Representatives from the Uganda Ministry of Health (MOH) visited Hanoi for the first time at the beginning of January to conduct a study tour to learn from our Vietnam’s successful Expanded Programme on Immunizations (EPI). The group of five delegates attended a presentation at the National Institute of Hygiene and Epidemiology (NIHE). The former Chief Technical Adviser of the support project to the NIHE (VIE/025) was also present to exchange on the lessons learnt. The groups visited a national vaccine storage facility used to receive and distribute vaccinations as the first link in the nationwide vaccine cold chain extending to 5,000 communes, 700 districts and 63 provincial level cold chain facilities which were equipped primarily under the long standing Luxembourg support lasting over a decade. The EPI programme received support from the Luxembourg Government between 1995 and 2012, as well as other organizations like WHO, UNICEF, JICA and GAVI.
“We feel that Vietnam has come a long way in trying to understand the team performance of the cold chain systems, which we are not doing back home,” said Dr. Luzze Henry, acting manager of Uganda’s National EPI. “We will be able to learn from this and take this practice back home.”
NIHE, PATH and LuxDev representatives discussed the implementation and maintenance of the EPI programme, which has improved drastically in the last decade. Over the years, Vietnam has grown and enhanced its vaccine cold chain, the process by which vaccinations are stored and transported in refrigerated equipment to ensure that they are safely delivered to patients.
Joanie Robertson, Technical Adviser of vaccine and pharmaceutical technologies at PATH, Geneva, Switzerland helped to coordinate the meeting in order for the Ugandan MOH EPI team to learn about the successes and challenges Vietnam faced while expanding its cold chain model.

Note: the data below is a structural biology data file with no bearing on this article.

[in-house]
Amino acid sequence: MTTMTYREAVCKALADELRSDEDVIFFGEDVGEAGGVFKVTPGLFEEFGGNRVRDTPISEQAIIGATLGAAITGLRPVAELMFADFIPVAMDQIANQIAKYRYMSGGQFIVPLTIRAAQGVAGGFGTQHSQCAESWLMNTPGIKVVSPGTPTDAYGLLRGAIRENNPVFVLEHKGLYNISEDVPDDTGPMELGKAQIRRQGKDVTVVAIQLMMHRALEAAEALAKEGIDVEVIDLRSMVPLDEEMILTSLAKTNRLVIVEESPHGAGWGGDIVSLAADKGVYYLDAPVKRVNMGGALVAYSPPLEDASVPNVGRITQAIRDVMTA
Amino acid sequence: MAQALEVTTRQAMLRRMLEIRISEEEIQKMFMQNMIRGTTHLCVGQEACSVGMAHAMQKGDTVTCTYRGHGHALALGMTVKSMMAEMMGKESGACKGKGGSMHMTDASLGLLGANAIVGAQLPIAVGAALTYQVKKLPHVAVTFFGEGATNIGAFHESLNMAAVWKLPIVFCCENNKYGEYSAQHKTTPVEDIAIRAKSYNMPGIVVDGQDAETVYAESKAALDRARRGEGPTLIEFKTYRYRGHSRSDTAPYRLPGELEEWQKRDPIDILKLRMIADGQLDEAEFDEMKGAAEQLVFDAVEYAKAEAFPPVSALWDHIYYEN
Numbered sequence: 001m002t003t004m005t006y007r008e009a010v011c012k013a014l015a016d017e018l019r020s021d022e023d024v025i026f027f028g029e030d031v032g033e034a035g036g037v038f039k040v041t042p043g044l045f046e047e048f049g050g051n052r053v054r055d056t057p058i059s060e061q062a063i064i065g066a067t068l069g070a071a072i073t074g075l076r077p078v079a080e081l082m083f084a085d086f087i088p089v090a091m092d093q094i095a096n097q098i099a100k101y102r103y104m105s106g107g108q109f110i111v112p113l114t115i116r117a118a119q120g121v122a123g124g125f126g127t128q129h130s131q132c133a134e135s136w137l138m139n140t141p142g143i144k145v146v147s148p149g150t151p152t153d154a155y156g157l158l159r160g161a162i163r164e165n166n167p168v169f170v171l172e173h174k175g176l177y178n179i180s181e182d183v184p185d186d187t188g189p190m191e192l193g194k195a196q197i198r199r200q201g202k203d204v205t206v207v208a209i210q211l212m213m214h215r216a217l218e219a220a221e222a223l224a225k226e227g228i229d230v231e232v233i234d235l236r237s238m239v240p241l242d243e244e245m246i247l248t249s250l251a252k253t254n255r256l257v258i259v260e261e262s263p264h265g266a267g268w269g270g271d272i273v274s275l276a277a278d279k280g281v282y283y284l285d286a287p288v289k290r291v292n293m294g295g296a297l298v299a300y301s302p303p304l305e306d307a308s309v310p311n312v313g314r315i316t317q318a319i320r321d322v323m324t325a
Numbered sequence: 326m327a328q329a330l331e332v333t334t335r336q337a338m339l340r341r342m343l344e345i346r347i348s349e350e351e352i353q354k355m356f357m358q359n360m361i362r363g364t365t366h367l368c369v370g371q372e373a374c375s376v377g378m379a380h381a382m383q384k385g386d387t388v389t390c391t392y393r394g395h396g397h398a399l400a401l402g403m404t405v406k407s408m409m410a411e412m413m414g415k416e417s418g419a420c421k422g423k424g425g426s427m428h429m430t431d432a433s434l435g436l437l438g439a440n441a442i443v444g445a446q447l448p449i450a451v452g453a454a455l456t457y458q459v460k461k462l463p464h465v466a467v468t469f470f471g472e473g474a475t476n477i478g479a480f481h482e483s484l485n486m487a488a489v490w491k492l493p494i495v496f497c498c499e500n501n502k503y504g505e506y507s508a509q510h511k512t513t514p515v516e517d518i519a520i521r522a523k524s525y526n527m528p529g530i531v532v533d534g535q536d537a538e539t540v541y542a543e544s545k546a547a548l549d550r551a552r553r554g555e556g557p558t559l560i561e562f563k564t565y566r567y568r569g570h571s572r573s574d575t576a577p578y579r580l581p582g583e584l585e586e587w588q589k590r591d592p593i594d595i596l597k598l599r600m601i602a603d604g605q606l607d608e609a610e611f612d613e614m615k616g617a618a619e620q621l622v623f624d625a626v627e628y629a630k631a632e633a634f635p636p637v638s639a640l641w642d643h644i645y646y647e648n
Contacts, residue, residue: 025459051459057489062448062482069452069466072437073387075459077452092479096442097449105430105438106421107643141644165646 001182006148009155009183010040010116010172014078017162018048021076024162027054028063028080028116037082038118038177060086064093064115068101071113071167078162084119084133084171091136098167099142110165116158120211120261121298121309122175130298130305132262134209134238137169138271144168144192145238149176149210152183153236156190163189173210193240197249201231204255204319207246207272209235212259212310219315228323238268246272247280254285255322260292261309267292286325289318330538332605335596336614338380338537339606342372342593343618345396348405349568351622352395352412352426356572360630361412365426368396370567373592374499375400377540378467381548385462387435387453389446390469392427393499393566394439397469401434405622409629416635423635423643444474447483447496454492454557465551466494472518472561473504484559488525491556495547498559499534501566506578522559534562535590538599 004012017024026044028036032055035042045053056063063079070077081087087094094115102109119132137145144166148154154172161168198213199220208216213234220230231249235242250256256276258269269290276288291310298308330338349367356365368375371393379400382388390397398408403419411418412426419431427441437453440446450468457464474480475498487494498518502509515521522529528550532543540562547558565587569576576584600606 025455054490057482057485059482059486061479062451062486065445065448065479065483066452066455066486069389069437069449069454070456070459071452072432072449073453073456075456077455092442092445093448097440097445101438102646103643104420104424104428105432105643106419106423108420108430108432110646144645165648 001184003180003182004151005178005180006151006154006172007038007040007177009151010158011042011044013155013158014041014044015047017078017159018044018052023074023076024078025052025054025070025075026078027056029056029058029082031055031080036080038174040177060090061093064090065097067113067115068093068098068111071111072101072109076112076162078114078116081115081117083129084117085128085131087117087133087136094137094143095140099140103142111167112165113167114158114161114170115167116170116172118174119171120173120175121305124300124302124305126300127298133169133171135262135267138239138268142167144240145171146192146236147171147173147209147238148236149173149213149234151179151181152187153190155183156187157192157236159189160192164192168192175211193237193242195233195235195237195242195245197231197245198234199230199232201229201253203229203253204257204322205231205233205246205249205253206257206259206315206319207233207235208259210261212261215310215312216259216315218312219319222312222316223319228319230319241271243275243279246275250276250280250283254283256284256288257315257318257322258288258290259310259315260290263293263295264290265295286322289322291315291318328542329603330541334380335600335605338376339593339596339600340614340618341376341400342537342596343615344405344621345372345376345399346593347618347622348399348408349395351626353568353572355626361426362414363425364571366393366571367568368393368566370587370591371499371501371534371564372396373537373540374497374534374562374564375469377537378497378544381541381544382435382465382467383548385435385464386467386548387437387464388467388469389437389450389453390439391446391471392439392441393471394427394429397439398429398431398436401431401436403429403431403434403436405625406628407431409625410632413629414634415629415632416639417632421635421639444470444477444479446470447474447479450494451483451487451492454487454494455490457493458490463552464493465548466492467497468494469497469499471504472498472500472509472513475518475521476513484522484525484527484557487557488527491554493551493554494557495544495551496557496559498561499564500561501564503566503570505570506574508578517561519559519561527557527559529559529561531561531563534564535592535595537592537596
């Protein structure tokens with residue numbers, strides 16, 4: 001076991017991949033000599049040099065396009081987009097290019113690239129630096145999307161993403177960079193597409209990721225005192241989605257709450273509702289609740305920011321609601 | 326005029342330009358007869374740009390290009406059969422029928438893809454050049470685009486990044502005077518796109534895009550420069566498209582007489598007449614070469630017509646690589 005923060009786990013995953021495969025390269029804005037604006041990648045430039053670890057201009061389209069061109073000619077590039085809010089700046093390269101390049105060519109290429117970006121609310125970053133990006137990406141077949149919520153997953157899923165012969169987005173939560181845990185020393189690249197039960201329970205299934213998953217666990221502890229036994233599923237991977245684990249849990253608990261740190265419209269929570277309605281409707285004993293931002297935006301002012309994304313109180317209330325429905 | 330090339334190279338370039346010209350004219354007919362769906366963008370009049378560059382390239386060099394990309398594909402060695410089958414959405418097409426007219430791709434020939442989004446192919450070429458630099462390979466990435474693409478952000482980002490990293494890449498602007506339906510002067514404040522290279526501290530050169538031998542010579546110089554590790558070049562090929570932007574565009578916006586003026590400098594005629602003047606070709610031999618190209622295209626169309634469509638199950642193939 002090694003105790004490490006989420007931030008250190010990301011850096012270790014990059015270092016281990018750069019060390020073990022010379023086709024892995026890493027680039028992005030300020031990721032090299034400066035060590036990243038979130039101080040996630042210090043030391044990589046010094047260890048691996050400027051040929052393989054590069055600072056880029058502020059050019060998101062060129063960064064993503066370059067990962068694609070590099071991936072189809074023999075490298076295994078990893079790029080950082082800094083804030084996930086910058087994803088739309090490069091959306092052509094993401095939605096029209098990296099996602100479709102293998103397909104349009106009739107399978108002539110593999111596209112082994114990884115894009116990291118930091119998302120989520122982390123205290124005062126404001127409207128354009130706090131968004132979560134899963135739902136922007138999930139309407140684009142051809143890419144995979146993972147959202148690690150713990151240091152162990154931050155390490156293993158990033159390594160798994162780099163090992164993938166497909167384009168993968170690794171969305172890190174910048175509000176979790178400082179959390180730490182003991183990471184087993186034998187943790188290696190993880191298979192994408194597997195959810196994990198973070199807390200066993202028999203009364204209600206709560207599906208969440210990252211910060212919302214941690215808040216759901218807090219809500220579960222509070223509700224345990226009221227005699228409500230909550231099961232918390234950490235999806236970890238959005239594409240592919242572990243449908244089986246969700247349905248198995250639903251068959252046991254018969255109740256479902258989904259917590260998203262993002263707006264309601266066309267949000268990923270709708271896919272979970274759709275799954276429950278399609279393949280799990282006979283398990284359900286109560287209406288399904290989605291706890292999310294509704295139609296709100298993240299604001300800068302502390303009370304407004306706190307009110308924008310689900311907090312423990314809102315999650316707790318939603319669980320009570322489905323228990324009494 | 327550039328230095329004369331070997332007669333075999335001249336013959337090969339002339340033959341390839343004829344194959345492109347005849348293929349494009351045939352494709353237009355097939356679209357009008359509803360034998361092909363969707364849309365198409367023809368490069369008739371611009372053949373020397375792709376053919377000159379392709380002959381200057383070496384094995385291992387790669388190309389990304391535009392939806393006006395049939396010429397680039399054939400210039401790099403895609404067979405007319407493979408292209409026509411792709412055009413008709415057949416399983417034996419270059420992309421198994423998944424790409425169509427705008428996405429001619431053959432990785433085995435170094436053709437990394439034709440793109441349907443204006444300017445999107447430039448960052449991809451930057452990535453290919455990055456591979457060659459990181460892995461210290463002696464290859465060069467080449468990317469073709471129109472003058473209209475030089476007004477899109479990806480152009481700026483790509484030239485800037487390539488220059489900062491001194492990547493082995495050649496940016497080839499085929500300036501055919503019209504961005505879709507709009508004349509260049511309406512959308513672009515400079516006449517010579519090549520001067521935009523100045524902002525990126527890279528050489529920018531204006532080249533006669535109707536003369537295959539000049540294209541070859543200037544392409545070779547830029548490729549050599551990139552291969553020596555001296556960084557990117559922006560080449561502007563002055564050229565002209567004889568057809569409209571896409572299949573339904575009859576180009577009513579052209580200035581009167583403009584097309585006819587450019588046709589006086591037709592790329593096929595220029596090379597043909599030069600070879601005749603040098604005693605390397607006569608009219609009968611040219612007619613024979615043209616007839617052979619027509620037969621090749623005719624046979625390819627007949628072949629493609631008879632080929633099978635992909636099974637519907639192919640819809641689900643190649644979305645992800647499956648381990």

“We had a meeting, and they shared a picture from both sides, and one of the main thing is getting the Government to commit sufficient resources – that’s a common challenge that they both have”, Robertson said of the Ugandan and Vietnamese agencies. “They both introduced new vaccines in the last 10 years, and that’s also a challenge.”
Vietnam introduced two new vaccines in 2014 to protect citizens from Haemophilus influenzae type b (Hib) and measles-rubella (MR). Prior to that, Vietnam made strides in its vaccination programme by eradicating polio in 2000, followed by maternal and neonatal tetanus in 2005. The nation has also greatly reduced the rate of measles, Hepatitis B and other diseases that are targeted by the EPI programme.
Vietnam’s current cold chain model is unrecognizable from the system it had in 2009. At that time, only 57% of the 179 refrigerators in one northern province of Vietnam were functional. The distance of transporting vaccinations was an issue, as well as outdated equipment powered by gas. The system lacked systematic monitoring and documentation of equipment, clear responsibilities and communication, and resources to make repairs to equipment.
The project VIE/025 tackled these issues by training provincial and national equipment managers to manage and maintain the cold chain equipment. It also provided a set of tools and basic spare parts to all 63 provinces, and the maintenance of the equipment was outsourced during the span of the project. Equipment was added and upgraded, and all areas of the country now have reliable electricity-powered facilities.
Perhaps most importantly, the project focused on the importance of strengthening personnel, which is the true key to the EPI programme’s success, according to Raja Chowdhry, former Chief Technical Adviser to VIE/025:
“Our objective was to change the mindset of the staff. That was the first step,” Chowdhry said. “EPI in Vietnam has a successful programme – the programme side is very good, and I saw that they meet often, but they didn’t talk about all the EPI numbers and vaccinations. They never talked about how it is done, what are the logistics. So our first success was after years of trying, when EPI started to report the functional levels of the refrigerators in the facilities, which was the first success. Now they have received the message that it’s also important to report on how the cold chain is functioning at each level.”↑ To the top